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Former NFL linebacker Stephen Tulloch brings a spirit of togetherness—and coffee—to Flagler Village at Circle House Coffee

On any given afternoon, you might find Stephen Tulloch pouring a cup of his signature coffee blend, Fifty-Five, behind the counter at Circle House Coffee. The former NFL linebacker recently opened the combination coffee shop/coworking space/sports bar—in Fort Lauderdale’s up-and-coming Flagler Village.

Though he looks like a natural crafting lattes and cappuccinos, the venture marks a new chapter for the 34-year-old graduate of Miami Killian Senior High School, who called it a career in 2017 after 11 seasons with three professional football teams, the Tennessee Titans, Detroit Lions and Philadelphia Eagles.

Renowned for his community involvement—his namesake foundation serves children and mothers in need, as well as families affected by cancer—Tulloch spent the year following his retirement traveling to Haiti and Jamaica to help build homes and schools. When he began thinking in earnest about a post-football profession, Tulloch’s mind quickly turned to coffee.

“During my years in the NFL, I lived on coffee,” he says. “Early mornings, long days, day after day; football is the grind of grinds. Having been a coffee drinker through all my years of playing, I understood it’s a place where people come together. But what if I could also bring awareness to things going on in the world.”

Stephen Tulloch Circle House Coffee

Stephen Tulloch at Circle House Coffee

Tired of his house in Miami that was too big for just him and his dog, not to mention the high taxes and heavy traffic, Tulloch started looking for opportunities to the north. That’s when he discovered Flagler Village.

“When I saw the neighborhood for the first time, I thought, ‘This is the next Wynwood.’ There’s nothing like it in Broward. It’s raw, it’s changing, it’s drawing a millennial crowd, and there’s cranes,” Tulloch says. “Whenever you see a lot of cranes, it means there’s action. I saw all that and felt this was on its way to being an amazing area over the next few years.”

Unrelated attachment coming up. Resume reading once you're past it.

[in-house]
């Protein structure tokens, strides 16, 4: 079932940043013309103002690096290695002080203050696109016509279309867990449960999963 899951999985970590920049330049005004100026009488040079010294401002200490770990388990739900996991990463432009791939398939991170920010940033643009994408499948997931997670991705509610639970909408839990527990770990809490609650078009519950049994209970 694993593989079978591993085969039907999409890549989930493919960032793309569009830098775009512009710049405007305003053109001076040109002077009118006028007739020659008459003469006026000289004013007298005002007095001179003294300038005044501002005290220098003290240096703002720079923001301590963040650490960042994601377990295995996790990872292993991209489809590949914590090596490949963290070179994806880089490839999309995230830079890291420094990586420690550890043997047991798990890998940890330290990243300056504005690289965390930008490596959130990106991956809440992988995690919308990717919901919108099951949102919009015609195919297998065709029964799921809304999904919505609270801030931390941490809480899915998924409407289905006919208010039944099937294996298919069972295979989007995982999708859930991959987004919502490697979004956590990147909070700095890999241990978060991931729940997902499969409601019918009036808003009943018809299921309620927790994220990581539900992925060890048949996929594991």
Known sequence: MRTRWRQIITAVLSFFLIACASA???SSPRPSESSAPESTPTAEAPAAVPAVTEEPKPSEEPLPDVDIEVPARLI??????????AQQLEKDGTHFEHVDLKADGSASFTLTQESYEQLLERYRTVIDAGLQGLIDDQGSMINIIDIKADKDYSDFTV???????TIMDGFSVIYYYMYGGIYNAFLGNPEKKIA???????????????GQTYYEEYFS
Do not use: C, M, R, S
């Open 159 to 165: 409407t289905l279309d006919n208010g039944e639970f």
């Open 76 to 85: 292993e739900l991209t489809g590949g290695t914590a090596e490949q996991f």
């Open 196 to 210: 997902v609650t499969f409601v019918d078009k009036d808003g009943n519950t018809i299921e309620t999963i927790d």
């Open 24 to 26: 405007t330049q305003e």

Not only did Tulloch invest in the space that would become Circle House Coffee, he moved to Broward, only 10 minutes away from his fledgling business. It’s a concept that brings together more of his passions than just one.

“I really come from nothing. Football was something for me to do as a kid to let my frustration and anger out because my dad wasn’t around,” he says. “My mom was working so hard to pay our bills. Later, [football became a chance for me] to take care of my mom.

“Football was what I did, but it was never who I was. When I left the field, I wanted to [help] my community and give other kids hope.”

Circle House CoffeeTo that end, Tulloch started a Charity of the Month program that allocates a portion of the shop’s proceeds. This spring, Circle House donated $500 to the Dolphins Cancer Challenge as part of the initiative; it also presented a check for $1,000 to North Fork Elementary School in Fort Lauderdale. His 16-ounce bags of Fifty-Five (Tulloch’s jersey number in the NFL) Signature Roast, through a partnership with Panther Coffee, go for $20, with 10 percent of each bag sold going to charities and schools through Tulloch’s foundation.

As for the coffee shop, Circle House is separated into three main areas. The lounge at the front of the building lends itself to productivity, with coworking nooks carved into the walls and a seating area that allows individuals or small groups to focus on their projects. The coffee shop and eatery are separated down the middle by the ordering station, so customers can watch their coffee being poured while they peruse a selection of delicious donuts. Tasty treats offered at Circle House, like cakes made by Fireman Derek’s Pies and Mojo Donuts, are provided by local partners and delivered fresh every morning. The location also offers vegan and gluten-free options for those with dietary preferences.

In addition, there’s an outdoor patio freckled with picnic tables and casual seating areas, and surrounded by concrete stadium seating. Two large TVs allow customers to enjoy televised games or live shows while playing outdoor games like Jenga and cornhole. Tulloch encourages patrons to sip on some coffee or enjoy wine or beer on tap while they mingle in the community space. For those on the run, there’s a drive-through at the rear of the building.

Tulloch also commissioned several murals to decorate the outer walls of the Circle House building with images like koi fish, a symbol of togetherness, and men and women of all kinds sharing coffee and conversation.

He’s open to the possibility of more locations, but in the meantime, Tulloch is building Circle House’s charitable efforts as well as hosting events like Small Business Bootcamps to encourage others to pursue their passions.

“I’m genuine about what I do,” he says. “There’s no hidden agenda. I know that life is short; you can’t take this stuff with us. But the impact that we leave on people’s lives can carry on for a long time. That’s how I live my life. And that’s why Circle House Coffee exists.”

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